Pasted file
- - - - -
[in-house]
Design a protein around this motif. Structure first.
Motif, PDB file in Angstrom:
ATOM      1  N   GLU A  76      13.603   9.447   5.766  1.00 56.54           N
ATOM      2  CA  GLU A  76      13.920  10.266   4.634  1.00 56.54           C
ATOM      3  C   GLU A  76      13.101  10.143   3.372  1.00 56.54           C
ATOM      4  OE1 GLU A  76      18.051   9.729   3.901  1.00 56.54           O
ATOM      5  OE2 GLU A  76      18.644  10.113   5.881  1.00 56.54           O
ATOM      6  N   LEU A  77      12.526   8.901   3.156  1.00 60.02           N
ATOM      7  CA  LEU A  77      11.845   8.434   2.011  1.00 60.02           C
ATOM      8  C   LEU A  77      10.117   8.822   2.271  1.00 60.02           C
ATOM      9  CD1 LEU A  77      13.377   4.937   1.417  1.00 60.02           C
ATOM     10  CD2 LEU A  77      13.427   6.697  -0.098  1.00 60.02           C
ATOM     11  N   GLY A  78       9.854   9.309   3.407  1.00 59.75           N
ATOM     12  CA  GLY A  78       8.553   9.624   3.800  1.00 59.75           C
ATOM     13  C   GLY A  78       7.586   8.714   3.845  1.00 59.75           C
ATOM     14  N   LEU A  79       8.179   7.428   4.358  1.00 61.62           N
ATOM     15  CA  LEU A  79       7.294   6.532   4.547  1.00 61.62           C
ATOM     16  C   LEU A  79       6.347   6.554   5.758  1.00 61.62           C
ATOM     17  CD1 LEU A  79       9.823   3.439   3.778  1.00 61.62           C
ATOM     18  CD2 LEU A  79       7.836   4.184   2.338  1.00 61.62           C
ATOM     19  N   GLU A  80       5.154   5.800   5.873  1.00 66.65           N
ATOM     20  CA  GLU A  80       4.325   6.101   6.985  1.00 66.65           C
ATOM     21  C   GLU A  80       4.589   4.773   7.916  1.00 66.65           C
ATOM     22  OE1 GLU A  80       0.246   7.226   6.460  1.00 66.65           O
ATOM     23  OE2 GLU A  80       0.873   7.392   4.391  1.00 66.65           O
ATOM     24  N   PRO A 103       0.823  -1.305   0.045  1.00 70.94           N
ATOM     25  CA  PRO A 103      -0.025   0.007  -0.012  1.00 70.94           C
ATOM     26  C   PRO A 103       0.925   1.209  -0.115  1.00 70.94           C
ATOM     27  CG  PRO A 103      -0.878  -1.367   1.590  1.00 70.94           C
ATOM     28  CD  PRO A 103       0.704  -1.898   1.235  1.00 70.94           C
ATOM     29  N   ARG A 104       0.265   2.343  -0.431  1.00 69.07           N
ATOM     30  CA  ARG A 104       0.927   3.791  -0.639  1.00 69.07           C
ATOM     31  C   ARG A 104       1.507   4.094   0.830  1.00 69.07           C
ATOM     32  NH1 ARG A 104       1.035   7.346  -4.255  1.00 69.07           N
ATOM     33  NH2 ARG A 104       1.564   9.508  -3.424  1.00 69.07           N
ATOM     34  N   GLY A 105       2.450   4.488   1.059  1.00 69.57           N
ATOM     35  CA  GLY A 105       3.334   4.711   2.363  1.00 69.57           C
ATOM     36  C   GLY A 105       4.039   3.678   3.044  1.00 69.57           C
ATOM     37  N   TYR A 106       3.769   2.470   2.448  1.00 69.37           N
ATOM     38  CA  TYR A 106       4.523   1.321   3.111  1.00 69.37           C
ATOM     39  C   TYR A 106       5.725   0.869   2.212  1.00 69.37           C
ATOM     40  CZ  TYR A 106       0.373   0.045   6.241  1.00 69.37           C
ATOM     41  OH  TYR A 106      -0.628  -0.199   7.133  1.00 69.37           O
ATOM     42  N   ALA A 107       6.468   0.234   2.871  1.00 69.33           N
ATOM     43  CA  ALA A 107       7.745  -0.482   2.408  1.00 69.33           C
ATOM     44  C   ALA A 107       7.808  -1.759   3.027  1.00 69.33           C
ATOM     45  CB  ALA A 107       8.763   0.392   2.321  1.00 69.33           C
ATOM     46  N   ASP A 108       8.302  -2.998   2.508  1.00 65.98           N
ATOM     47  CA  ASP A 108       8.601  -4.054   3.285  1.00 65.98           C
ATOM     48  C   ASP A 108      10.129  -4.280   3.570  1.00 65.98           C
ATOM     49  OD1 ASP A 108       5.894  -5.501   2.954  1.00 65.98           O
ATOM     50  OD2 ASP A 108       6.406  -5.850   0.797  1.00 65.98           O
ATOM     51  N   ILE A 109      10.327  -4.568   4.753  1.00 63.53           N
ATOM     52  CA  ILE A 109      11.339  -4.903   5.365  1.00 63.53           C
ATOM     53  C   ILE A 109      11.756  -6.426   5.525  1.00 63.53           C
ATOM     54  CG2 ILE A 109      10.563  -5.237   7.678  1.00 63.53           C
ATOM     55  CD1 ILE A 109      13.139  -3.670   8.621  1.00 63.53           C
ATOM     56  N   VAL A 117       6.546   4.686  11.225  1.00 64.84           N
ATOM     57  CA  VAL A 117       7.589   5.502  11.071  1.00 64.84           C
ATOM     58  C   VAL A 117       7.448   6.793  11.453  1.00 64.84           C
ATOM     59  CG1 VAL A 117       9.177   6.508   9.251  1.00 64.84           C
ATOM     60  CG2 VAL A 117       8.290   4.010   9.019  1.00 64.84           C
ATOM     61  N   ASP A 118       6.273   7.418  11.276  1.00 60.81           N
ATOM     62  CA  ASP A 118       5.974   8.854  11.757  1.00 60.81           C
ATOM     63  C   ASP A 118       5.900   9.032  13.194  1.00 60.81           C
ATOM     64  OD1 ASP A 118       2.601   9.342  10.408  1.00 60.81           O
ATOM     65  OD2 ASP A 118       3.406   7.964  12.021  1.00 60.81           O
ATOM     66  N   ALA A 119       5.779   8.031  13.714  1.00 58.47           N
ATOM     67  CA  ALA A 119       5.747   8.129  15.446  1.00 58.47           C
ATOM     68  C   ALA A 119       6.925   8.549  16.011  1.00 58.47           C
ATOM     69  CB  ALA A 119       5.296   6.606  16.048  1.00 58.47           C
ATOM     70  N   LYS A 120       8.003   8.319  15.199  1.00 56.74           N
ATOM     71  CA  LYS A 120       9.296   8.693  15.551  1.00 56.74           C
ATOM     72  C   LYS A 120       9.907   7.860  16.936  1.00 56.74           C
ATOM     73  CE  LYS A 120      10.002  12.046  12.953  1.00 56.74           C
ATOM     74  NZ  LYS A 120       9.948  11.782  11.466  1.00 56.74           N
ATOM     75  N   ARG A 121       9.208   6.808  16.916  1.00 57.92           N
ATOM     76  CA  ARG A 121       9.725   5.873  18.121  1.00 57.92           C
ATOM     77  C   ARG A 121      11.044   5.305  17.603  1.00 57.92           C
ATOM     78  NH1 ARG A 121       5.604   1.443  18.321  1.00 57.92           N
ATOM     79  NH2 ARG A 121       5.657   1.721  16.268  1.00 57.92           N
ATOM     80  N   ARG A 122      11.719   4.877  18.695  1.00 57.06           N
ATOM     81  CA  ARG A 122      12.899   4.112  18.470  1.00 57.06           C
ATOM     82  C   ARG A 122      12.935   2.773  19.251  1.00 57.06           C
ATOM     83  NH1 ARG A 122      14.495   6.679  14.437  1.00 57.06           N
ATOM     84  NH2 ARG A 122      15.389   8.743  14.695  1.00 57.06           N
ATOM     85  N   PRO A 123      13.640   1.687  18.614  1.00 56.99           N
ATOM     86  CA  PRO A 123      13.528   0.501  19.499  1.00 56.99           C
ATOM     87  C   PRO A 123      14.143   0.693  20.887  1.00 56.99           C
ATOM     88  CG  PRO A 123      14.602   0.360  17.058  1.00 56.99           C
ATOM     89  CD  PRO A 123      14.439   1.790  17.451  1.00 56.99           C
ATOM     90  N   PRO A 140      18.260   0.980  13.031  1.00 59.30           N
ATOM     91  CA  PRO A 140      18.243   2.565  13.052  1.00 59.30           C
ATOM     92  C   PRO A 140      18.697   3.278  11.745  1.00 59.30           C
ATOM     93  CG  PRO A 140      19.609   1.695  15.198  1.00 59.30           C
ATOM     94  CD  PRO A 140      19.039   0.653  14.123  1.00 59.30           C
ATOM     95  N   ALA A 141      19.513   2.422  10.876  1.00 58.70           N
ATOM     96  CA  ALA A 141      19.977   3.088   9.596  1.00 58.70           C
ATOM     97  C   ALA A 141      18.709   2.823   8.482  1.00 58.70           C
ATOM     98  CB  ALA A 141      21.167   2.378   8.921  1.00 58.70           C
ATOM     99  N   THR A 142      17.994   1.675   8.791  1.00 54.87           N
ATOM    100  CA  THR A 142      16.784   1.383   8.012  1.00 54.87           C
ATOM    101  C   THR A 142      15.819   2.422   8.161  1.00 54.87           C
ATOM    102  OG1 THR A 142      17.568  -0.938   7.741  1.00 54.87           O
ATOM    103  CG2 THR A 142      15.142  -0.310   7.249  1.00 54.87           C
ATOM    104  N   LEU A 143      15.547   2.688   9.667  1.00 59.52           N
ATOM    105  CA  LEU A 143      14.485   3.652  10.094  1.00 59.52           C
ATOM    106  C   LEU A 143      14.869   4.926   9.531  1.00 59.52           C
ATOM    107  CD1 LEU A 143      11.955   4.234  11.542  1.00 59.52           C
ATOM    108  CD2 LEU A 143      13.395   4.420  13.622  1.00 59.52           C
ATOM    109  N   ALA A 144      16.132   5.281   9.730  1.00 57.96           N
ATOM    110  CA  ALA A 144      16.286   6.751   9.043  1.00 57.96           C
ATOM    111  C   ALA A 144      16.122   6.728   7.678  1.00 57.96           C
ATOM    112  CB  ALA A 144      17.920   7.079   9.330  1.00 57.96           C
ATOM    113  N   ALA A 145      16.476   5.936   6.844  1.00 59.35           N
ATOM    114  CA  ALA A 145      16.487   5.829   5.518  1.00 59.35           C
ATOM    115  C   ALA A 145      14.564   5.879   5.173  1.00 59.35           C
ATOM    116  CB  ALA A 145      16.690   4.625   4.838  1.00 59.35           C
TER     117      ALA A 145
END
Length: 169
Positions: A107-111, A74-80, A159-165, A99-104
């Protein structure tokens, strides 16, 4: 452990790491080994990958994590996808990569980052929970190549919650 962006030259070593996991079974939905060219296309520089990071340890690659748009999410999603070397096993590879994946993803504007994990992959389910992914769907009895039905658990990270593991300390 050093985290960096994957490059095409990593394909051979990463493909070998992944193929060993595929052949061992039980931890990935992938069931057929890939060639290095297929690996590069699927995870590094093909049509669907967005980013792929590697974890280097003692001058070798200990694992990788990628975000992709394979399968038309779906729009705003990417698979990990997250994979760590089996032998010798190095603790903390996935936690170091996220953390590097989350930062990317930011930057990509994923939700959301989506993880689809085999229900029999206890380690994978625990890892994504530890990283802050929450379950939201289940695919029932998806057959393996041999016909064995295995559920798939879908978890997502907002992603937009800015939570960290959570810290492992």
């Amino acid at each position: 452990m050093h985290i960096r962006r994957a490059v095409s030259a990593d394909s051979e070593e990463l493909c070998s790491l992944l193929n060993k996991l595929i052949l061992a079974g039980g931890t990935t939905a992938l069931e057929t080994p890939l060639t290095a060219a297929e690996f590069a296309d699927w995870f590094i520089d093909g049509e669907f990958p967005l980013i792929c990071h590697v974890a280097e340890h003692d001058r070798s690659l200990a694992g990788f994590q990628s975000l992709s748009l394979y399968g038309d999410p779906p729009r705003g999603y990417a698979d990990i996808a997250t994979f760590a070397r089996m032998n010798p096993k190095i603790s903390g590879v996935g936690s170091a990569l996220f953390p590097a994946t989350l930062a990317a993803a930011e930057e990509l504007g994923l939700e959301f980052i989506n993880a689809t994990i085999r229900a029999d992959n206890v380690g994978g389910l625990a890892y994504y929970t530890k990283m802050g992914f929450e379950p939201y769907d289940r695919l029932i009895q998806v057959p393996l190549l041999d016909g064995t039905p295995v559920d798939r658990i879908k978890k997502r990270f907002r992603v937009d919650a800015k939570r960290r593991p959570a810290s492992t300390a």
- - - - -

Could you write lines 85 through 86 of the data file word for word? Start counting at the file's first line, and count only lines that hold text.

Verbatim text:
ATOM     82  C   ARG A 122      12.935   2.773  19.251  1.00 57.06           C
ATOM     83  NH1 ARG A 122      14.495   6.679  14.437  1.00 57.06           N